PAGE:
Opinion

A Look at Detroit’s $2.1 Million Knight Arts Grant Projects

The Detroit Science Fiction Generator, by Adrienne Maree Brown. Image via the Knight Foundation.
The Detroit Science Fiction Generator, by Adrienne Maree Brown (image via the Knight Foundation)

OAKLAND, Calif. — Amidst news of its filing for bankruptcy, Detroit is becoming ingrained in the popular imagination as a city fallen from grace. Once a giant of music and car mechanics, Detroit is now more often associated with its abandoned relics from the Fordist period, with art deco structures serving as the background for apocalyptic films and the foreground of ruin photography.

That it’s also a rapidly emerging art and technology hub is lesser known. In 2011, the Awesome Foundation received a Knight News Challenge grant to begin innovating in journalism in Detroit, and in an Atlantic feature on startups in the city, Alexis Madigral noted that “People want to be excited for Detroit. They want Clint Eastwood and Eminem to be right. They want grit to count for something in today’s economy.” Take a drive through downtown and you’ll see lots of street art and the occasional art collective.

Now, a number of artists and organizations in the city have received a $2.1 million grant from the first Detroit Knight Arts Challenge. Given to 56 projects, the grant endorses a broad array of projects, from the socially engaged to the historical, to the lively and fun. “We hope that Knight Foundation’s support will strengthen Detroit’s impressive arts scene—and with it—the fabric of this great community,” noted Knight Foundation Vice President for the Arts Denis Scholl in a press release. It’s all part of a larger investment of almost $20 million to support the arts in the city.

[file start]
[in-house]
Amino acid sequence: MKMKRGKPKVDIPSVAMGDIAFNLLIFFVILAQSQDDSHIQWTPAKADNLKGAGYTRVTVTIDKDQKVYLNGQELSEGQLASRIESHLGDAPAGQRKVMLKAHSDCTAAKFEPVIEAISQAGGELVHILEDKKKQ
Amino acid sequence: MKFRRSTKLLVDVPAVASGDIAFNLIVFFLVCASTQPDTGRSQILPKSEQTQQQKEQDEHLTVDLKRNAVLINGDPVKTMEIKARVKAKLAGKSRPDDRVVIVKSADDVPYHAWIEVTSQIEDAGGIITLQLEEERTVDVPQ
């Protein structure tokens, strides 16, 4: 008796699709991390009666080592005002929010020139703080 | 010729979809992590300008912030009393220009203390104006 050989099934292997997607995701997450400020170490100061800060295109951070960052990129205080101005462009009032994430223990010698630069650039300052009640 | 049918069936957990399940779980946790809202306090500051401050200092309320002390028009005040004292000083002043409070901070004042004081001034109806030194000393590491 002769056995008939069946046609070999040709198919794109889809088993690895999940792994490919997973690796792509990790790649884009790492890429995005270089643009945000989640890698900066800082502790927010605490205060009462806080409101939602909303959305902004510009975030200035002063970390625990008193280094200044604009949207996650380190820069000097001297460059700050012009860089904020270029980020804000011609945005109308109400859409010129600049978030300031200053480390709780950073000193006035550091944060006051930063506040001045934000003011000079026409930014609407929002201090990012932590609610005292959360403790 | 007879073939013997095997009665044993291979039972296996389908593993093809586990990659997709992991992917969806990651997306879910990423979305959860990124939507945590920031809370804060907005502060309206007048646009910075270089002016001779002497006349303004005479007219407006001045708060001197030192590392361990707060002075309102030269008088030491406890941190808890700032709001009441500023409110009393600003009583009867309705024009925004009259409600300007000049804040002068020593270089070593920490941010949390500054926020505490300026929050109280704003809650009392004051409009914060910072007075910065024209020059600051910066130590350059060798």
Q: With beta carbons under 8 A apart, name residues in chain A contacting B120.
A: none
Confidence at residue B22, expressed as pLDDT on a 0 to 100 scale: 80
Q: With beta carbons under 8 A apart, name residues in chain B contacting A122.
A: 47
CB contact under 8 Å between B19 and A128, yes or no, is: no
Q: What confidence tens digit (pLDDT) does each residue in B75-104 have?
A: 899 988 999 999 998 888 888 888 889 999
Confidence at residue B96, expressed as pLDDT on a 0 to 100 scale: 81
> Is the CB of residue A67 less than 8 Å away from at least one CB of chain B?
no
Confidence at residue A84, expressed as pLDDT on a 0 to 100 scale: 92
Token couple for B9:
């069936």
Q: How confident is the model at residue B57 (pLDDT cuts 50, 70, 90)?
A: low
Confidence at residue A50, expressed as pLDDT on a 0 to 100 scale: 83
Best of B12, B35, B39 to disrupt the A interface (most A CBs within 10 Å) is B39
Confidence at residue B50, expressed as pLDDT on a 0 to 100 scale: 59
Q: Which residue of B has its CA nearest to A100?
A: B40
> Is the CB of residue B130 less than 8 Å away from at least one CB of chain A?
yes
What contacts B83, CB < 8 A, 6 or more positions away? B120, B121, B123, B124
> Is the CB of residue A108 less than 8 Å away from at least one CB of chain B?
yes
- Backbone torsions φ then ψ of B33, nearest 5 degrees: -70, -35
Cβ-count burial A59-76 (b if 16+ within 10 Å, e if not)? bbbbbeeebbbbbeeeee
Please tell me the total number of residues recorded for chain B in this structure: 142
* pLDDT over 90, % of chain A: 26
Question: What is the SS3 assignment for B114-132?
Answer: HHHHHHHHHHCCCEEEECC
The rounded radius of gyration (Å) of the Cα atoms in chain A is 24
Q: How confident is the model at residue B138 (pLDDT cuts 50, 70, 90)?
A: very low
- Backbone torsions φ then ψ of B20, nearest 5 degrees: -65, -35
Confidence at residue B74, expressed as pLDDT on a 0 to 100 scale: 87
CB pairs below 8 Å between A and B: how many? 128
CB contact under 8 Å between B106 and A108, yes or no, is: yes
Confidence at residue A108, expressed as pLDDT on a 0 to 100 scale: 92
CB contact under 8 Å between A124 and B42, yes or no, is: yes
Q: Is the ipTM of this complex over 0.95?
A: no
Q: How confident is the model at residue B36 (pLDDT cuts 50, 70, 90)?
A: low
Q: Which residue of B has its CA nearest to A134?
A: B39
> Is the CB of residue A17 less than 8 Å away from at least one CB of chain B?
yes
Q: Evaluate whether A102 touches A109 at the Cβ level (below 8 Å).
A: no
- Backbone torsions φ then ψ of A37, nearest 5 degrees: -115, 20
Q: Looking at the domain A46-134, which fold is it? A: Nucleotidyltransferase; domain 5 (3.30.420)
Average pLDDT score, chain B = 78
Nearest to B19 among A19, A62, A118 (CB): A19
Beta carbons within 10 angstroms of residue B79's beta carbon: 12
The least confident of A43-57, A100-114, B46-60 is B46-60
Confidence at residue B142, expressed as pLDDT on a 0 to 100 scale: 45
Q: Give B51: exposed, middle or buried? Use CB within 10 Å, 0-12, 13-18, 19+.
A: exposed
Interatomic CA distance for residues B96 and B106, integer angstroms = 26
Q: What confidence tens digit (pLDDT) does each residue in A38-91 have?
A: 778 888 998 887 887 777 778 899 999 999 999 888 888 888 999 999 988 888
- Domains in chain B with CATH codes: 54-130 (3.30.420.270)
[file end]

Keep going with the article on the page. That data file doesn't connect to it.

Mosaic Youth Theatre of Detroit

The projects, ranging from four-figure funding to $200,000, span interests and impacts. Many focus on the city’s rich immigrant history: Alice Alousi’s book festival will work with the Arab American National Museum to honor new books developed in support of a 2007 bombing of Baghdad’s bookseller street, and the Zimbabwe Cultural Center received a grant to connect artists in Detroit and Harare, Zimbabwe’s capital, through collaborative living spaces in both cities (another residency is also being established for far-off Canadians). Others celebrate Detroit’s musical influence, with a film by Haleem “Stringz” Rasul on the famous jit dance and a series of home concerts organized by Jeff Karoub.

Many of the larger grants support education and immersive projects. The Museum of Contemporary Art Detroit will establish a teen council to promote youth engagement in the arts, and Theatre Bizarre will take over Detroit’s famous Masonic Temple. One of the more elaborate projects will bring contemporary artists to 50 of Detroit’s elementary schools in a bid to integrate the arts into the city’s curricula.

The trailer for Haleem “Stringz” Rasul documentary on the jit

Known mostly for its global impact on music, from Eminem to Motown, Detroit has long been synonymous with creativity. These new projects are an exciting embrace of the city’s past and present, with eye toward its future.

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